What, an article to make deleted files unrecoverable? You just used SHIFT + DELETE to permanently delete your files and here I am saying straight up to your face that it’s not deleted? Yes, your files are not permanently deleted and they can be still recovered.
When you want to get rid of a file and never want it to be recovered, then SHIFT+ DELETE or even formatting the disk doesn’t guarantee that it’s gone forever.
So what exactly happens when you delete your files?
Your files are actually stored in small chunks of storage space called Clusters and the details of where these clusters are located are jotted down in FAT (File Allocation Table) or MFT (Master File Table) as Records depending on the file system you use.
To know what File System you are using, Right Click on any of the drives in your system and click properties (or) Select the drive and press ALT + ENTER to bring up the properties window.
When you store a file in FAT32 file system then the details about the file are stored in FAT and when you store a file in NTFS file system the details about the file gets stored in MFT.
So when you delete a file from your hard disk the record entries in the FAT or MFT are just marked as available and can be used for storing new files. Hope you get the picture now; the files will be there in those clusters unless occupied by some new data.
How to Make Deleted Files Unrecoverable
So now that we understood how file deletion works, let us see what tools are available for deleting files permanently from our system.
- Download (2.2 MB) and run the file_shredder_setup.exe
- File Shredder once installed is available at your disposal via the Context Menu. If you don’t like it on your context menu then you can simply turn it off from the Shredder Settings.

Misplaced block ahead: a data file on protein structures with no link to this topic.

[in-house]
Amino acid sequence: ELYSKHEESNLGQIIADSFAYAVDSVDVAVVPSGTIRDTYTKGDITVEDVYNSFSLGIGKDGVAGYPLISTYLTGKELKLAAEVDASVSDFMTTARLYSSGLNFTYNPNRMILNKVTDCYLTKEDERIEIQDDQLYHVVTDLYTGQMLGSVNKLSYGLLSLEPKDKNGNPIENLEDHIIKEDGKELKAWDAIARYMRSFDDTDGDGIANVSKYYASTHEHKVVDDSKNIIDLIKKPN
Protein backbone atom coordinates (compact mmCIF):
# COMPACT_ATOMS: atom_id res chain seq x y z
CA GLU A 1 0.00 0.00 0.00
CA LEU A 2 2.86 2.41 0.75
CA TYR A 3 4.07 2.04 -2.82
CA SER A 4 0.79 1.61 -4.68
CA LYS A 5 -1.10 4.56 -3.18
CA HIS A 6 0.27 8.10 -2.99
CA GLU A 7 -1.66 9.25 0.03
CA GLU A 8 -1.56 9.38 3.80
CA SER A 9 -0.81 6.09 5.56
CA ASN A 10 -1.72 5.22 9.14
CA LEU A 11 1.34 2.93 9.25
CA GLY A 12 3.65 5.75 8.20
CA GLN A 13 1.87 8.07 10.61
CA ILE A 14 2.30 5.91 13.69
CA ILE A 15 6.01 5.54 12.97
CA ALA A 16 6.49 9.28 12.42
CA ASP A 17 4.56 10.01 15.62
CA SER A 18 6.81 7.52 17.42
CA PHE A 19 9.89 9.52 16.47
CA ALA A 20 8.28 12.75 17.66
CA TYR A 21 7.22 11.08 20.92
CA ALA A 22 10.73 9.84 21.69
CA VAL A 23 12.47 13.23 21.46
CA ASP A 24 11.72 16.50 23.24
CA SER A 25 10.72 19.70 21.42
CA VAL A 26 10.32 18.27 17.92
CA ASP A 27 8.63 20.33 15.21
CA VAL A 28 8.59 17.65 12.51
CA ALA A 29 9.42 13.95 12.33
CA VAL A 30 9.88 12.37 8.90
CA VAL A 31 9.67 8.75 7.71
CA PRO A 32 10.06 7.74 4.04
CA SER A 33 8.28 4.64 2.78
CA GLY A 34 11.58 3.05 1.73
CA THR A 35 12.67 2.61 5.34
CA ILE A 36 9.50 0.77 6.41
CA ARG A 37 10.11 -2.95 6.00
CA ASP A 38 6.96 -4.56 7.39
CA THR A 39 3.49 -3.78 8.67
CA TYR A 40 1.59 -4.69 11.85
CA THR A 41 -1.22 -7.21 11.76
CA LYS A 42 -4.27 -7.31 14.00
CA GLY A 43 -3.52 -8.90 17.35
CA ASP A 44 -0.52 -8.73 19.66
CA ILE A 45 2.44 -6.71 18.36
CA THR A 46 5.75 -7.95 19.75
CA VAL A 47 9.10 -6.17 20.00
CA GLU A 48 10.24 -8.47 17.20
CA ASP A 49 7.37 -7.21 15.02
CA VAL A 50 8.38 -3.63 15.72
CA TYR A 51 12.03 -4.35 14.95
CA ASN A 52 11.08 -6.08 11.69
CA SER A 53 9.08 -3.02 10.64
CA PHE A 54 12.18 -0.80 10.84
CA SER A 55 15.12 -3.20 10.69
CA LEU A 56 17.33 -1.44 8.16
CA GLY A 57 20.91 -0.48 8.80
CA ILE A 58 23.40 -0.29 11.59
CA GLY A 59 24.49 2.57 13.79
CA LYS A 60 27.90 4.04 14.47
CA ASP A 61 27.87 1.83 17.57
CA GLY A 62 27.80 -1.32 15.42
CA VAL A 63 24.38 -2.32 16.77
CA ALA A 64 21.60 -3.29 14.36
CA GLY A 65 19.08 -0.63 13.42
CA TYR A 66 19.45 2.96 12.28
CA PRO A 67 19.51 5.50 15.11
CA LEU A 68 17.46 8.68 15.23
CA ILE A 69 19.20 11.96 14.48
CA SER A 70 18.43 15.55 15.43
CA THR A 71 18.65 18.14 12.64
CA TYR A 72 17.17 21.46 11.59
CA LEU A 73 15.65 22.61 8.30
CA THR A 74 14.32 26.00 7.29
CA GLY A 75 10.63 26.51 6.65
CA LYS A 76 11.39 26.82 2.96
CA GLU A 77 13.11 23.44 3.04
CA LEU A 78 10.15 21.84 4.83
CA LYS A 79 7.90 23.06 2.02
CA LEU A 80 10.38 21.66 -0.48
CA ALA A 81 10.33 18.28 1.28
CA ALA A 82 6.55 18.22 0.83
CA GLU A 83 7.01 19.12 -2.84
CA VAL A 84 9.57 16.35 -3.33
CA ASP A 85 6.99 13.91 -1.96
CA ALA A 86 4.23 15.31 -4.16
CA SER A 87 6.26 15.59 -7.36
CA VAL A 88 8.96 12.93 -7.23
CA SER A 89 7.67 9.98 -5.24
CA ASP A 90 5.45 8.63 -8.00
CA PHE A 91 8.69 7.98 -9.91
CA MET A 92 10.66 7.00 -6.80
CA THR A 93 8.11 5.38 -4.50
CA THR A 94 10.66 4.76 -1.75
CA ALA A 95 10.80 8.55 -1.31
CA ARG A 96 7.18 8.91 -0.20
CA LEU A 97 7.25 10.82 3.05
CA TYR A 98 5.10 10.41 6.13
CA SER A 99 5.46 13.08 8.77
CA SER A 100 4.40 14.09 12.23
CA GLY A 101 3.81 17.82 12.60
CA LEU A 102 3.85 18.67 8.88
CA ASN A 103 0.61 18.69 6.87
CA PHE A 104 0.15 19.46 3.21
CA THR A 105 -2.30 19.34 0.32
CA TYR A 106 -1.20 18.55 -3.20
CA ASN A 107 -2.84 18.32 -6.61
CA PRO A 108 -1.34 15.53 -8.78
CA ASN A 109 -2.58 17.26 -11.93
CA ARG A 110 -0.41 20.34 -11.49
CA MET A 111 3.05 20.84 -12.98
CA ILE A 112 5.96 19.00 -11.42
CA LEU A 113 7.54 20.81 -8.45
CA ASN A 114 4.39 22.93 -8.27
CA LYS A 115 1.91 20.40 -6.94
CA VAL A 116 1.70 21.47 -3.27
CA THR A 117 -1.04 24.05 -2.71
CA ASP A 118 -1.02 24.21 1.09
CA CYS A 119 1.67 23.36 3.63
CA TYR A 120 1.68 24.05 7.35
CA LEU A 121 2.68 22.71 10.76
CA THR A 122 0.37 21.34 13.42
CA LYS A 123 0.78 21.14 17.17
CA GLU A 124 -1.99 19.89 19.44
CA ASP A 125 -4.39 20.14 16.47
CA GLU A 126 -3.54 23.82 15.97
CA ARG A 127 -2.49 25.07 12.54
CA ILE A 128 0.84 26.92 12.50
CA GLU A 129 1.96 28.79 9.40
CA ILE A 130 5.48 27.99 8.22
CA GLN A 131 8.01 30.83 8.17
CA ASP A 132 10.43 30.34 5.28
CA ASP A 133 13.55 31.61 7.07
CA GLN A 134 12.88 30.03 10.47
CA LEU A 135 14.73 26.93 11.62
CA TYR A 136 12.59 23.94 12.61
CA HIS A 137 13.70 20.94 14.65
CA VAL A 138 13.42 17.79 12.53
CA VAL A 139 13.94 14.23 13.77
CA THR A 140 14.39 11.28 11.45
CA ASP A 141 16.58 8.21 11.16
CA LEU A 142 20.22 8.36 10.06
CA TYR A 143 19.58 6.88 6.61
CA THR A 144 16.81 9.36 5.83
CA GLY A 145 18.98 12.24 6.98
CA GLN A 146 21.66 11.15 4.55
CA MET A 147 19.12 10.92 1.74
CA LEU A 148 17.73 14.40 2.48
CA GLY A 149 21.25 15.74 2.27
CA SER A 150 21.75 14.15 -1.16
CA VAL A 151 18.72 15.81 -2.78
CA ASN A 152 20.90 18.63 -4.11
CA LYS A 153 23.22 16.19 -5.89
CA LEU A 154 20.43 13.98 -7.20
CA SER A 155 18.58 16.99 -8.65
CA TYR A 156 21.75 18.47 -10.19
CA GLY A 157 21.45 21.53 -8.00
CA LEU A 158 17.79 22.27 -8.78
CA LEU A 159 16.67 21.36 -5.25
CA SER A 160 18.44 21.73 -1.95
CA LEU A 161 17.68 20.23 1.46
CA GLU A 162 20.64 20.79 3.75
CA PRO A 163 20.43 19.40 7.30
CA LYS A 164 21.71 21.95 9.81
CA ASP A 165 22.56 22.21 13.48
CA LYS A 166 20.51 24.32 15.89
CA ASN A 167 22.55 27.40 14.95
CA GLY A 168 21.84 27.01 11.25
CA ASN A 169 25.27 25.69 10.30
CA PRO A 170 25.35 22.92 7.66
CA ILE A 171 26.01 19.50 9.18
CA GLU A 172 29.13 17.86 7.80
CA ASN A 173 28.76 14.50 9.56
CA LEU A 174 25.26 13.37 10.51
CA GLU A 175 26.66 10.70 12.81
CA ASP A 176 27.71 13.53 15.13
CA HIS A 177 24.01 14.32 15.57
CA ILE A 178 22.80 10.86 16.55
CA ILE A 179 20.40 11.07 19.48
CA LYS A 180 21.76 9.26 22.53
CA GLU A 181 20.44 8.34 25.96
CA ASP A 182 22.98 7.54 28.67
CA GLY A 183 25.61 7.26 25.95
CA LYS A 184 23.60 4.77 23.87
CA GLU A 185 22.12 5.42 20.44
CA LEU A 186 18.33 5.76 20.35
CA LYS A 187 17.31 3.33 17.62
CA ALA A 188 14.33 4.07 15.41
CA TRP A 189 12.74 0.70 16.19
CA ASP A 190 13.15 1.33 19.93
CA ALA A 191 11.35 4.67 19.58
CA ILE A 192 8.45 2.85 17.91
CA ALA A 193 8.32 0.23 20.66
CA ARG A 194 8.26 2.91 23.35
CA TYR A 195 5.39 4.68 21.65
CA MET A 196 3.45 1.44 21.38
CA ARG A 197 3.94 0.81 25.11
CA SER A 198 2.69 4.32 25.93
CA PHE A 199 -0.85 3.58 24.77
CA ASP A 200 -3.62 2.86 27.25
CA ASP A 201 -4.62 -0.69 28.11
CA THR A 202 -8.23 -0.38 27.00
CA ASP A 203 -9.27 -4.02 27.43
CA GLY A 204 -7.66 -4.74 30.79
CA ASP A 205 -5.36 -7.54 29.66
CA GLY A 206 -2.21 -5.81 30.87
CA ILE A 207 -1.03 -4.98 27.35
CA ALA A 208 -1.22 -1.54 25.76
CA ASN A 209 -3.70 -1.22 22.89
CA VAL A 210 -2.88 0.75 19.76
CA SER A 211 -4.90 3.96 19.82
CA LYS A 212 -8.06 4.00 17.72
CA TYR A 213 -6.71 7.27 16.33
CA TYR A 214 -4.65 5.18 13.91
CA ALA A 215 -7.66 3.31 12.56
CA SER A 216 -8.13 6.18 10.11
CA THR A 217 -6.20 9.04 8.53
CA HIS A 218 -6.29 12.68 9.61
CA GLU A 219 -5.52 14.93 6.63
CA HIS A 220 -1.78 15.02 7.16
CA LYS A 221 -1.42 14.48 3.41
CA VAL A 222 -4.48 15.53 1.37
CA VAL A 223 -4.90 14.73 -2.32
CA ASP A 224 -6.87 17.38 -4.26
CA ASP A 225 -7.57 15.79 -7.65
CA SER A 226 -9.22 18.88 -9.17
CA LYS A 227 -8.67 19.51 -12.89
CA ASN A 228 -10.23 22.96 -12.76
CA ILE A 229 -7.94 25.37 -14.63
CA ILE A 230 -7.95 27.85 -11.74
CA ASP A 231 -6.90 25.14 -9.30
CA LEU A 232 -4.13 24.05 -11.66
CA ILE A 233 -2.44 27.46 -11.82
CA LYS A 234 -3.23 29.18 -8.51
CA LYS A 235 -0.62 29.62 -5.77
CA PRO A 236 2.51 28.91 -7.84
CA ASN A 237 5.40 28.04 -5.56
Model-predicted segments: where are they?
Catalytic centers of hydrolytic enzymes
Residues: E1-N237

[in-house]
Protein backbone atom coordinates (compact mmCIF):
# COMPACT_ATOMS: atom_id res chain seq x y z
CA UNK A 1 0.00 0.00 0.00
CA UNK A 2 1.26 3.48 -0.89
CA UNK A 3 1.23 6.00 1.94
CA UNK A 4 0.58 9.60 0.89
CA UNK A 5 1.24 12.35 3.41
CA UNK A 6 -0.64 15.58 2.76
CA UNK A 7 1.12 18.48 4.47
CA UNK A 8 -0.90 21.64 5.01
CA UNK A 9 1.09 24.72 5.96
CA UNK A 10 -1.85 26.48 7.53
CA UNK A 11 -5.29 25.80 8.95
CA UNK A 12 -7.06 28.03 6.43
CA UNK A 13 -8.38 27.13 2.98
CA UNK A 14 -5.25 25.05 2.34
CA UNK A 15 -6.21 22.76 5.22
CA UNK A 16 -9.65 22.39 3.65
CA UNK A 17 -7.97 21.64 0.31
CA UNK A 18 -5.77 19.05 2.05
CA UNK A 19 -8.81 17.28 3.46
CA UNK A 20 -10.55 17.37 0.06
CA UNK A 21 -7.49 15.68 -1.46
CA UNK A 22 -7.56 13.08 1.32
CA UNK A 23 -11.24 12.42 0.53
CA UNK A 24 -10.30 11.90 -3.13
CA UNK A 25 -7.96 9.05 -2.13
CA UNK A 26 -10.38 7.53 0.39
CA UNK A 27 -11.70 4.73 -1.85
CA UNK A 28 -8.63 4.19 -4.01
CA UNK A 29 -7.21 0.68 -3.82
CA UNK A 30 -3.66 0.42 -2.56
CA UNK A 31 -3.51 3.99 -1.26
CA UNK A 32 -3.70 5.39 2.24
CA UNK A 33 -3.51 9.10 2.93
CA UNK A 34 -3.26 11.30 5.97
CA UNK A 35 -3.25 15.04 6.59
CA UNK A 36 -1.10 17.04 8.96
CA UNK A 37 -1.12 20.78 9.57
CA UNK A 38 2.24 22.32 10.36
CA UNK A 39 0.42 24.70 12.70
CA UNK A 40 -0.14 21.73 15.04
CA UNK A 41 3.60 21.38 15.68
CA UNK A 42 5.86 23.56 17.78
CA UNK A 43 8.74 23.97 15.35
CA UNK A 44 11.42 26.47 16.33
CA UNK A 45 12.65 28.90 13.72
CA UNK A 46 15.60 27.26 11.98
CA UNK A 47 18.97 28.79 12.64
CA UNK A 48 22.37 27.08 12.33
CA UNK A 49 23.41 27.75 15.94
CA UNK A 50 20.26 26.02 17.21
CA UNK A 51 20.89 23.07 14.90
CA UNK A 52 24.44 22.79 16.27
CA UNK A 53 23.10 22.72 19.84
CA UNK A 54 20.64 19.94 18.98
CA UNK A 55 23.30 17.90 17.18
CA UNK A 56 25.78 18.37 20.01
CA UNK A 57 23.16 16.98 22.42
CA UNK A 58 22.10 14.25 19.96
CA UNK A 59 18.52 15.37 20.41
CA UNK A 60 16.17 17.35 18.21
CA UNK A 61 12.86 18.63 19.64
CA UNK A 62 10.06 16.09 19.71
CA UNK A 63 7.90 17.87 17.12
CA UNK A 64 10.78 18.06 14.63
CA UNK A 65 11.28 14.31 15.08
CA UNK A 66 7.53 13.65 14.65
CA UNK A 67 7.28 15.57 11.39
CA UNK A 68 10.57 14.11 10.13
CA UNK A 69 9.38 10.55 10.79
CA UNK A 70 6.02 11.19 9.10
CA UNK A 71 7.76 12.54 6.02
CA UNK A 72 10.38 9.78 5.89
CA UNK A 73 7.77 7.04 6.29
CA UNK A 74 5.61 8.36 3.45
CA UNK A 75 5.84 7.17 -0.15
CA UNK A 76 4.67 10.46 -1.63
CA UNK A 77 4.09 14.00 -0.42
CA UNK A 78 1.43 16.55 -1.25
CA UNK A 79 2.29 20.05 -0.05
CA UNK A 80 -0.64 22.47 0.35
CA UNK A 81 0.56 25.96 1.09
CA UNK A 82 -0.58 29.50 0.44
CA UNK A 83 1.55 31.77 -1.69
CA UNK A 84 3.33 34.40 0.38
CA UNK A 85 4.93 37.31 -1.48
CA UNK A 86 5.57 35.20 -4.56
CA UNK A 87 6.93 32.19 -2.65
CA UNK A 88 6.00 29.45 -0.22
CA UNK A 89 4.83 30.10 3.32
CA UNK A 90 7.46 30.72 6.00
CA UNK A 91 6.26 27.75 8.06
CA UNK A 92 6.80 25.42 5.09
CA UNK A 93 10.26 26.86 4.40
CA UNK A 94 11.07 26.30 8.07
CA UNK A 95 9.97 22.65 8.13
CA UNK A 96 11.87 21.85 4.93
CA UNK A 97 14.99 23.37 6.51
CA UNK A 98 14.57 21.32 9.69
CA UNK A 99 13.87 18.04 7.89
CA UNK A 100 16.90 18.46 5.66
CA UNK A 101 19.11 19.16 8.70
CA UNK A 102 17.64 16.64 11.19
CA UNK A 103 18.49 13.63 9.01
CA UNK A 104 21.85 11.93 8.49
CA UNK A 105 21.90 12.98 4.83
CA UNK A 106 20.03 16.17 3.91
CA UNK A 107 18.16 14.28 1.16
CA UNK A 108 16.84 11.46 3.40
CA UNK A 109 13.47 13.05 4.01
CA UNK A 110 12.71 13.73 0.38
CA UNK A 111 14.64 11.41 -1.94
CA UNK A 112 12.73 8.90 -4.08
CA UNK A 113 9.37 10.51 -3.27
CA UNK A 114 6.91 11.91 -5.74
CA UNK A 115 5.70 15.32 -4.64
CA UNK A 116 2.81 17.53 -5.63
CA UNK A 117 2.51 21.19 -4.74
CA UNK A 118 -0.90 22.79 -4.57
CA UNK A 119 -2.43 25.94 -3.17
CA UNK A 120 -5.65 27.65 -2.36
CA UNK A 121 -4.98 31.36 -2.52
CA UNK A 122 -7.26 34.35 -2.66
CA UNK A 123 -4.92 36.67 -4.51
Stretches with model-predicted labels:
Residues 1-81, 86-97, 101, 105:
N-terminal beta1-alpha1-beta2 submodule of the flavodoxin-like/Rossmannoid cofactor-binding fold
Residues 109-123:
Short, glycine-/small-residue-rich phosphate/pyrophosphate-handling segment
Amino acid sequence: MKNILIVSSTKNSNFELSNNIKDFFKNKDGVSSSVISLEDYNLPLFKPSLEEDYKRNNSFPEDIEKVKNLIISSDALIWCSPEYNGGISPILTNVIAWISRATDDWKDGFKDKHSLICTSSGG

- Right click any file and under the File Shredder click Secure delete files option to delete the file instantly.
- You can also shred your drives using the Shred Free Disk Space option.
- There are five algorithms provided in File Shredder that can help you to permanently shred your files.
- Go to Eraser website and download (8.68 MB) the setup file under the Stable Builds section.
- Run Eraser and navigate to the Settings Tab.
- Eraser provides algorithms (around 12) both for erasing files and for erasing unused space.
- You can also replace an erased file with a file that you specify to allow plausible deniability.
- You can also Schedule Eraser to erase specific files, unused space or recycle bin at the time you choose.
- DBAN (Darik’s Boot and Nuke) is not a graphical user interface based tool that can help you to delete selective files or drives.
- DBAN is mostly preferred when you want to completely wipe your hard disk and install a fresh operating system or when you want to throw your disk away once for all.
- Download (14.8 MB) the ISO file and burn it on to blank CD or DVD and boot your computer with it to erase your completed hard disk.
- SDelete is a simple command line tool that can help you to erase files and drives permanently.
- Download (less than 1 MB) and extract the files.
- Open the command prompt and navigate to the SDelete folder path.
- You can delete a file by simply issuing a command as shown below:
where Test.txt is the file that needs to be deleted.
- SDelete uses the Department of Defense clearing and sanitizing standard DOD 5220.22-M to delete a file.
So ever thought about deleting your files permanently? What’s your way of doing this?